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History

A detailed history of the awards dating back to its origination in 1957.

No doubt the mention of Paul “Bear” Bryant’s name resonates with college football coaches, players and schools across the country. His legacy of greatness supersedes any loss on the field long after his departure.

Through the Paul “Bear” Bryant Awards, a banquet in its 29th year going into the 2015 event, college football coaches are recognized for their contributions both on and off the field. Each year, one top performing coach is selected to take home the Bear bust trophy and claim the final title of the season: the Paul “Bear” Bryant Coach of the Year Award.

Behind the scenes, the award is much bigger than a college football game and a season’s success. It is an opportunity to shine a spotlight on heart disease and stroke while raising valuable funds to support research of the American Heart Association/American Stroke Association.

In 1983, Bear retired as the winningest coach in college football history, but he was unable to enjoy life after hanging up his whistle. A mere 28 days after coaching his last game and a final victory in the Liberty Bowl, he died of a heart attack on January 28, 1983 at the age of 69. The state of Alabama along with the nation mourned.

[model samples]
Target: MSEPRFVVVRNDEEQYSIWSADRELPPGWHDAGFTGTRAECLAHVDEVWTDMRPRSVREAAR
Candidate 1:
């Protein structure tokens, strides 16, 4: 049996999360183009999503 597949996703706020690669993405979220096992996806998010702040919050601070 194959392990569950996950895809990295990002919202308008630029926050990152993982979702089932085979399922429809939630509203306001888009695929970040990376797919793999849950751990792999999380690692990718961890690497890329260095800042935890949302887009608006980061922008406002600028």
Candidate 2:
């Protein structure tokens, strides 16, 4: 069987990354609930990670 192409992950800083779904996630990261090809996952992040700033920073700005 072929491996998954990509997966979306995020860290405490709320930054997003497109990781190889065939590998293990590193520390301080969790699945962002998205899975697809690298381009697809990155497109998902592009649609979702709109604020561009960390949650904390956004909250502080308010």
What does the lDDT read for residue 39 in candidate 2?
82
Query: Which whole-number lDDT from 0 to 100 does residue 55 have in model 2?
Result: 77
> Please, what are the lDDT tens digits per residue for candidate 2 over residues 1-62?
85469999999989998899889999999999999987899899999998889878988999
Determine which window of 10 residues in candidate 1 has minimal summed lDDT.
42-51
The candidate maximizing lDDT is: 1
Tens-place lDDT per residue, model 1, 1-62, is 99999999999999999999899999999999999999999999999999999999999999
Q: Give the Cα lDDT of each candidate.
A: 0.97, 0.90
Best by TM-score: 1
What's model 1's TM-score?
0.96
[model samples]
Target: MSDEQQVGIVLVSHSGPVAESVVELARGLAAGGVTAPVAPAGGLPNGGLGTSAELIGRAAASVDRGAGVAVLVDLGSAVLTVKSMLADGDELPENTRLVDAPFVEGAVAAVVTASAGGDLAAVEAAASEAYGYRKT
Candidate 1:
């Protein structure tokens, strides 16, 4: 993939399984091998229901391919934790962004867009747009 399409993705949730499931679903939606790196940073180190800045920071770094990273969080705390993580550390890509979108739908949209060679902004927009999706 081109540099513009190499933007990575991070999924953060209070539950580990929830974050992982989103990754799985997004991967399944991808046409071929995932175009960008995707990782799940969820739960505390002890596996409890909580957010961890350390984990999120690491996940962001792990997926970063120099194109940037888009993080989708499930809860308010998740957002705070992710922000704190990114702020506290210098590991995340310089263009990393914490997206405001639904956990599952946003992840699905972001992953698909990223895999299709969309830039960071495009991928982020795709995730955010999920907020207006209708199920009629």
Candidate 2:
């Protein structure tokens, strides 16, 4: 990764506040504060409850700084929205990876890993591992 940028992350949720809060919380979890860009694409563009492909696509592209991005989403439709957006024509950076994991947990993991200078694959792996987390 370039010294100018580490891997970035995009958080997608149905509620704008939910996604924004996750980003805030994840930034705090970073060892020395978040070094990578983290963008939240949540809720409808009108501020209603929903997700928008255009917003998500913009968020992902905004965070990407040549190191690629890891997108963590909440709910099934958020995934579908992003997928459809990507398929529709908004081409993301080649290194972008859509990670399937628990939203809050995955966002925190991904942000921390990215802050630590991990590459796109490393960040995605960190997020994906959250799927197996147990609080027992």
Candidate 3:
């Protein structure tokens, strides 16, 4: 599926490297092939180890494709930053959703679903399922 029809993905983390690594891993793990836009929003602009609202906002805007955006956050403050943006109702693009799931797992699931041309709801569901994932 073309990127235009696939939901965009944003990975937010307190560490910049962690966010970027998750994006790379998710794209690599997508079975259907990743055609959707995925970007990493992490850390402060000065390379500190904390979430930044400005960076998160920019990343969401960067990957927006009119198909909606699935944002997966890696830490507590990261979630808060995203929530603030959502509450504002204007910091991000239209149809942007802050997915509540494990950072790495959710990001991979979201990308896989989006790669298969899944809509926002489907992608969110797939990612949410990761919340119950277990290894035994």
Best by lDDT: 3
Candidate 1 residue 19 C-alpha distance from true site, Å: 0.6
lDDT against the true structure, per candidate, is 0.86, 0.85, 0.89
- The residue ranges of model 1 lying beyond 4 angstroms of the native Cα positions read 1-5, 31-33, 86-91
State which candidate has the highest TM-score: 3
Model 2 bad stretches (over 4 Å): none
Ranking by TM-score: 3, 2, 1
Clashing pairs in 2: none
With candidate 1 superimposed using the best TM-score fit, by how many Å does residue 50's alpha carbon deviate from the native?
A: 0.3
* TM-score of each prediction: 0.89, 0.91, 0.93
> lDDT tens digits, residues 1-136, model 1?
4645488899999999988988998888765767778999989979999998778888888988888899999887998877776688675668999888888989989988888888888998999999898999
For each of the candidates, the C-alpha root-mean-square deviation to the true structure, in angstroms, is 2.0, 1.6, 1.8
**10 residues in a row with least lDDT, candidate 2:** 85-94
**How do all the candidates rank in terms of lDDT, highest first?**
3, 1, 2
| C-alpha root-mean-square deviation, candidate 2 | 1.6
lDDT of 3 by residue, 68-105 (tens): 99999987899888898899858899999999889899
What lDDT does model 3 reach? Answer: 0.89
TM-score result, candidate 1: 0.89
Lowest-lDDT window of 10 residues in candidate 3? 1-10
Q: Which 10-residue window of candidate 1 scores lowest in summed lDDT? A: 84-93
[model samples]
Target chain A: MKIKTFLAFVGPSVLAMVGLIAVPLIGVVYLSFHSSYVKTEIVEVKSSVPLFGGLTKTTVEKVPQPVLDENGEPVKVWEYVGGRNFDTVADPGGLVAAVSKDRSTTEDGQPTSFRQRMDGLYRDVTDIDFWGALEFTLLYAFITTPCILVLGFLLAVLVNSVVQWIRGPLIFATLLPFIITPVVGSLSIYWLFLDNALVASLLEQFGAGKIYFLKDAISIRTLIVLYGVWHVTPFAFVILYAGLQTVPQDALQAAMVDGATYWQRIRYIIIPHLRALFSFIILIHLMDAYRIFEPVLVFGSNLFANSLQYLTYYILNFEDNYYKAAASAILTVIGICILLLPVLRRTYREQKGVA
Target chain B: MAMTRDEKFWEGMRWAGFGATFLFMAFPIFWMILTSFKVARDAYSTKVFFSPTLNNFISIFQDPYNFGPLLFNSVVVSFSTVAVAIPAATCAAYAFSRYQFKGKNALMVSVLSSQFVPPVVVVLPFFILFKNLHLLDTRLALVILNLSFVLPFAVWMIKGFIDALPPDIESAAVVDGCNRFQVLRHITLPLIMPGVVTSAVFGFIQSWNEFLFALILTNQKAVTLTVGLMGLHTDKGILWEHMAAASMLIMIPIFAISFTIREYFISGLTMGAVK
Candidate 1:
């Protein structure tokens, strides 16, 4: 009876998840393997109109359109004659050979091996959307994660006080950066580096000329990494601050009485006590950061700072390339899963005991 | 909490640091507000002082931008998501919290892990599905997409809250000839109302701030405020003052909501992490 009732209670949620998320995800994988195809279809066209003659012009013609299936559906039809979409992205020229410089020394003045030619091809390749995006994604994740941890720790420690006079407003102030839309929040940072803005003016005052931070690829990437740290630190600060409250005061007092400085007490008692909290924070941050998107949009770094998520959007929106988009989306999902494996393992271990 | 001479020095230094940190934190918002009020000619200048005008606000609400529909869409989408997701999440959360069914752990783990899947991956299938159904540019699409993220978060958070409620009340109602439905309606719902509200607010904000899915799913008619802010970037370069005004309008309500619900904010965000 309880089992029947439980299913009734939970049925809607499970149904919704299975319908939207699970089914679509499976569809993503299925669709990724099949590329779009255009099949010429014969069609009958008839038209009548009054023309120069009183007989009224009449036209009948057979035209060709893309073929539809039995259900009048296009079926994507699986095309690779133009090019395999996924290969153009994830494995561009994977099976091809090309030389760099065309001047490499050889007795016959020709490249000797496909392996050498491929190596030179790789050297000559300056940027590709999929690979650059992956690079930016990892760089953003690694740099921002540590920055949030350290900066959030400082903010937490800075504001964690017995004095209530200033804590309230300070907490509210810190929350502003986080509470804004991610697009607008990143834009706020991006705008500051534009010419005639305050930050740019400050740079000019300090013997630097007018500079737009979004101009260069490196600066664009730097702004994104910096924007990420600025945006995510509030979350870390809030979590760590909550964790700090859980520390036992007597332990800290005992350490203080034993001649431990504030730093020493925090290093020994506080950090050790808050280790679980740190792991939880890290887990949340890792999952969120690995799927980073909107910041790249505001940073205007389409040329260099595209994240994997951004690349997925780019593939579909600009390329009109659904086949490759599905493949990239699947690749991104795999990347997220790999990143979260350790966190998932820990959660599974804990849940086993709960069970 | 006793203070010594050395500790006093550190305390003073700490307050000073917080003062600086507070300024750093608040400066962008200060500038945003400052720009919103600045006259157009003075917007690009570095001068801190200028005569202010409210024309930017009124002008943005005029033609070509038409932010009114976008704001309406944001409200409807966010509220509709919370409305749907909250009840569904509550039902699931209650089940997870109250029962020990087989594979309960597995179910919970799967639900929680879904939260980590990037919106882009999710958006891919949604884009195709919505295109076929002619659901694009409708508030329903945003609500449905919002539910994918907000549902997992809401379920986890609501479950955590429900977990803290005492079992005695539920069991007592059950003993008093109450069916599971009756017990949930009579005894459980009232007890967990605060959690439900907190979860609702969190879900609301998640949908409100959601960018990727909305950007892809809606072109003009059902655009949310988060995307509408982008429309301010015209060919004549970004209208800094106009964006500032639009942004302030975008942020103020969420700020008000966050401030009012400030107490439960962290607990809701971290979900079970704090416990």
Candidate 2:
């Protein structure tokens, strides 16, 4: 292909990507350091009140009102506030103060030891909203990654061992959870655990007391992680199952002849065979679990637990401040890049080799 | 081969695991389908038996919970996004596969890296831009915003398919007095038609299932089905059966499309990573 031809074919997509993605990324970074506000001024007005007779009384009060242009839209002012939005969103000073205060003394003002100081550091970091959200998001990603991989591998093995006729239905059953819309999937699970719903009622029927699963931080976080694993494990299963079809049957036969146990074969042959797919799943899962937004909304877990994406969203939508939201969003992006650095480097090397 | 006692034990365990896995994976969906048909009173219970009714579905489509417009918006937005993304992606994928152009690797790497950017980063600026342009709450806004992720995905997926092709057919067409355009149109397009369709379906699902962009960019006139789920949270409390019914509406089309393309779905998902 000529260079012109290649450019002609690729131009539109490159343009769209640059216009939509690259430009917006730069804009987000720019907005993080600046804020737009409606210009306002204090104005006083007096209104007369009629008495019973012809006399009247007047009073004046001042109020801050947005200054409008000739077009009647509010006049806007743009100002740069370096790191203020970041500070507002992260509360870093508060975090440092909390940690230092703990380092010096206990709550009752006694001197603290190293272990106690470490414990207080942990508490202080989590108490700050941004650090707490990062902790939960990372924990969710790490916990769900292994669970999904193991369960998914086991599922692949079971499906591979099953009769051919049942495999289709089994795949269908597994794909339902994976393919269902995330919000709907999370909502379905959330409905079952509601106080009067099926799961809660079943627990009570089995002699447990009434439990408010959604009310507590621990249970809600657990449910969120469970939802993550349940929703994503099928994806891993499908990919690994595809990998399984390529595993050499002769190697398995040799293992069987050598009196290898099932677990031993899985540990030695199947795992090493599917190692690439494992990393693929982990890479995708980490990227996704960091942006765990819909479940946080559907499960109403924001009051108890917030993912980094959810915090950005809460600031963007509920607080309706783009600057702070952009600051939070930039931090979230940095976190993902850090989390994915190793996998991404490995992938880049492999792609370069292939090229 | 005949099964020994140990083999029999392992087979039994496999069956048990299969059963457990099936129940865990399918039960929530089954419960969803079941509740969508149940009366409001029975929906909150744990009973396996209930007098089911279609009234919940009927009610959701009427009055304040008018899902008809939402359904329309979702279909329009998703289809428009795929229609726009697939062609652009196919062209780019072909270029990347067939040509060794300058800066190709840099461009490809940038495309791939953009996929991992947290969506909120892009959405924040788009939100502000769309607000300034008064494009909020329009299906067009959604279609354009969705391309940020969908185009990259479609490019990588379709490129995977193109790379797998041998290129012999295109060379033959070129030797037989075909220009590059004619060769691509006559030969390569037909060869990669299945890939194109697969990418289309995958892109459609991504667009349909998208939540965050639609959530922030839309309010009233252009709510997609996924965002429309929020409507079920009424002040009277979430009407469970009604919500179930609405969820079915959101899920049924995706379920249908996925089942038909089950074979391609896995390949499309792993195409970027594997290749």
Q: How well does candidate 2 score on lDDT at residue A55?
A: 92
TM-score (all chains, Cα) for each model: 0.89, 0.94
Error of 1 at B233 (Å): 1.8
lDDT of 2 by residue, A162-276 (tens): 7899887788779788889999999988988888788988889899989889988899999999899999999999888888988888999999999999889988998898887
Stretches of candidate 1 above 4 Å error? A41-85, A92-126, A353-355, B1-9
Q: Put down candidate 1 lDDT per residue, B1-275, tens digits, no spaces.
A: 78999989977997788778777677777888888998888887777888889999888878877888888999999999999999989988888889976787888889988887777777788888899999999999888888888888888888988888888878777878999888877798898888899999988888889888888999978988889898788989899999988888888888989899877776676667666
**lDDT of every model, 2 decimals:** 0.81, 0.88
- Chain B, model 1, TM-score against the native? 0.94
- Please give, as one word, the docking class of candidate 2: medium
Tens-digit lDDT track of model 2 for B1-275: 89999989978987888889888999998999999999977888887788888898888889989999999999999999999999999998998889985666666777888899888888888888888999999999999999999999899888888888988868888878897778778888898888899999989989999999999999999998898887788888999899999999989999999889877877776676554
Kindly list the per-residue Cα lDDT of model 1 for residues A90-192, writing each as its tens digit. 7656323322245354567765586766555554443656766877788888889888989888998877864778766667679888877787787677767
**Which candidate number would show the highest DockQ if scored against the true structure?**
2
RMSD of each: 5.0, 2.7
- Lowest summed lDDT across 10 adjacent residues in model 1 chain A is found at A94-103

While the Coach of the Year Award has been an annual tradition since 1957, The Bryant Family felt moved to educate and impact awareness around heart disease and stroke following Bear’s passing. The family approached the American Heart Association/American Stroke Association to create a meaningful partnership to keep Bear’s legacy alive while raising funds to support research. In 1986, the American Heart Association adopted and re-named the award.

In the past 27 years since the award was renamed, the Bryant Awards has raised over $5 million to fund research, advocacy and educational programs across the country that are necessary for the prevention and treatment of cardiovascular disease and stroke.

American Heart Association/American Stroke Association is dedicated to building healthier lives, free of cardiovascular diseases and stroke. The organization is second only to the federal government in funding cardiovascular research, and with heart disease claiming the lives of 787,000 annually, it is now more important than ever to support the organization’s efforts through programming like the Paul “Bear” Bryant Awards.

Bear always talked about being bigger than something other than himself. The Bryant Awards offer an opportunity to do just that – to be a part of Team Bryant in the fight against heart disease and stroke.